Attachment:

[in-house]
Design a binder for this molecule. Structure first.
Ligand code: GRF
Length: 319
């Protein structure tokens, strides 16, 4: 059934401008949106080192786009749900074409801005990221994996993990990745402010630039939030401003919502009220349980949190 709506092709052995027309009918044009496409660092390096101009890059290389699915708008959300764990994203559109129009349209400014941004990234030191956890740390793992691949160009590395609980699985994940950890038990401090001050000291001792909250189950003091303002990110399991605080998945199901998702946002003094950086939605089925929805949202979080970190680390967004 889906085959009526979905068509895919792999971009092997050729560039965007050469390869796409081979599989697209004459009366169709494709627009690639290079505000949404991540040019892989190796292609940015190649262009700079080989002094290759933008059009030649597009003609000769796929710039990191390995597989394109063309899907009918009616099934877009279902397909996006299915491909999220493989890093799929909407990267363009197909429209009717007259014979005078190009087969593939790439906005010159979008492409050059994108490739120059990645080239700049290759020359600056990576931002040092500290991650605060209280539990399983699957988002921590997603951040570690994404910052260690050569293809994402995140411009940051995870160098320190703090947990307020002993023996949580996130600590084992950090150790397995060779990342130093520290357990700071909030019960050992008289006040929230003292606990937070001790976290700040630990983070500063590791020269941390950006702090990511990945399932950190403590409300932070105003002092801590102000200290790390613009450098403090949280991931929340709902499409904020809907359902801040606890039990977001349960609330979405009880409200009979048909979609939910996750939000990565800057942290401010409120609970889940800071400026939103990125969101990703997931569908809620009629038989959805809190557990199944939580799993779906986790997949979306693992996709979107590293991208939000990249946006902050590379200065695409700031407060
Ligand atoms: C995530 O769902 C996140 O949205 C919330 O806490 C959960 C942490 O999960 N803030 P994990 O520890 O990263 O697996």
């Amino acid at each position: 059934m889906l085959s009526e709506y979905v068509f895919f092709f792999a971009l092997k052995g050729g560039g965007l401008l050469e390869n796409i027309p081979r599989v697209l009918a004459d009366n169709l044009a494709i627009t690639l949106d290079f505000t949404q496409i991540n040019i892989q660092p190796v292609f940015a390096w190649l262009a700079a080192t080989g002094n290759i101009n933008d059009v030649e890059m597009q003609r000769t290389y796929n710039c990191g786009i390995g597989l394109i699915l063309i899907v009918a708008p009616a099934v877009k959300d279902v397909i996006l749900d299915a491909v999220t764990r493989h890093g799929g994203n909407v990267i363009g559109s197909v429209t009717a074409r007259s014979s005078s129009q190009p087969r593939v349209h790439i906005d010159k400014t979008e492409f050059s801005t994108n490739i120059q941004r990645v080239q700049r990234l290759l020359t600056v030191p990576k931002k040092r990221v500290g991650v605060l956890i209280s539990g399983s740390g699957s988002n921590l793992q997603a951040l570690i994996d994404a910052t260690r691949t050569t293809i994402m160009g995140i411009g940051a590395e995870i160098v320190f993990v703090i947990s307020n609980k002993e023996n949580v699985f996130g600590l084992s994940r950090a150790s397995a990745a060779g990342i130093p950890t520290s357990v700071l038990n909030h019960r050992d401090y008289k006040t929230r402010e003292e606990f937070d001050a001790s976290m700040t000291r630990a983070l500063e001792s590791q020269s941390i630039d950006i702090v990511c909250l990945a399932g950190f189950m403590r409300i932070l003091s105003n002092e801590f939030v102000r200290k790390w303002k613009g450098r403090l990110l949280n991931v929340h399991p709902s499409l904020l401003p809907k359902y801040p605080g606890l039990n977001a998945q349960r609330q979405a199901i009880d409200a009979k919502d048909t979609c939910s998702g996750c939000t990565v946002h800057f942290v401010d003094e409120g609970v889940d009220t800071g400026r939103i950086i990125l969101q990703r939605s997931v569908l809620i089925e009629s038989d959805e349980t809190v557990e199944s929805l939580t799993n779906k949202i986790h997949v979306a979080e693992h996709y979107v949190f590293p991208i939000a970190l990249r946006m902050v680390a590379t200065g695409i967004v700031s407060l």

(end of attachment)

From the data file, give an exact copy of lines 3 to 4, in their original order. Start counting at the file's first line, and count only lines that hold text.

Ligand code: GRF
Length: 319